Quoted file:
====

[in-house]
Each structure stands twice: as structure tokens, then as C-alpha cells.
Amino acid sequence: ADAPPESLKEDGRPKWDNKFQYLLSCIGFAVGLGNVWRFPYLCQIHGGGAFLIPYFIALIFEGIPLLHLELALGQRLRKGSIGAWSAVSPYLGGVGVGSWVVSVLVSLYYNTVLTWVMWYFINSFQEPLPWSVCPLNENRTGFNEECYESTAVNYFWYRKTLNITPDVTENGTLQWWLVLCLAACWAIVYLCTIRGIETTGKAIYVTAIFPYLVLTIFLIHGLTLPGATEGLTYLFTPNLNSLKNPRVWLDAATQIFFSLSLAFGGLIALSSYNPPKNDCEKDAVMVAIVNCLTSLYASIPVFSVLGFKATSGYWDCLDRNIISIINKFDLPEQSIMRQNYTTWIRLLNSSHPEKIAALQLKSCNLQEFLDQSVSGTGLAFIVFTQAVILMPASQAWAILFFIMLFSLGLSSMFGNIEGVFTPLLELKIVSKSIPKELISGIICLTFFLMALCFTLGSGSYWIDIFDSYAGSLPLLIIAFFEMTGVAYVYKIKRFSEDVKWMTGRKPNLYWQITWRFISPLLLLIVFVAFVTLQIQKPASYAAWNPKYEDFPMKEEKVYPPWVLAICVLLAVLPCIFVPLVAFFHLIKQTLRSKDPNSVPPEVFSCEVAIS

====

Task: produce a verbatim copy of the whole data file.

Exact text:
[in-house]
Each structure stands twice: as structure tokens, then as C-alpha cells.
Amino acid sequence: ADAPPESLKEDGRPKWDNKFQYLLSCIGFAVGLGNVWRFPYLCQIHGGGAFLIPYFIALIFEGIPLLHLELALGQRLRKGSIGAWSAVSPYLGGVGVGSWVVSVLVSLYYNTVLTWVMWYFINSFQEPLPWSVCPLNENRTGFNEECYESTAVNYFWYRKTLNITPDVTENGTLQWWLVLCLAACWAIVYLCTIRGIETTGKAIYVTAIFPYLVLTIFLIHGLTLPGATEGLTYLFTPNLNSLKNPRVWLDAATQIFFSLSLAFGGLIALSSYNPPKNDCEKDAVMVAIVNCLTSLYASIPVFSVLGFKATSGYWDCLDRNIISIINKFDLPEQSIMRQNYTTWIRLLNSSHPEKIAALQLKSCNLQEFLDQSVSGTGLAFIVFTQAVILMPASQAWAILFFIMLFSLGLSSMFGNIEGVFTPLLELKIVSKSIPKELISGIICLTFFLMALCFTLGSGSYWIDIFDSYAGSLPLLIIAFFEMTGVAYVYKIKRFSEDVKWMTGRKPNLYWQITWRFISPLLLLIVFVAFVTLQIQKPASYAAWNPKYEDFPMKEEKVYPPWVLAICVLLAVLPCIFVPLVAFFHLIKQTLRSKDPNSVPPEVFSCEVAIS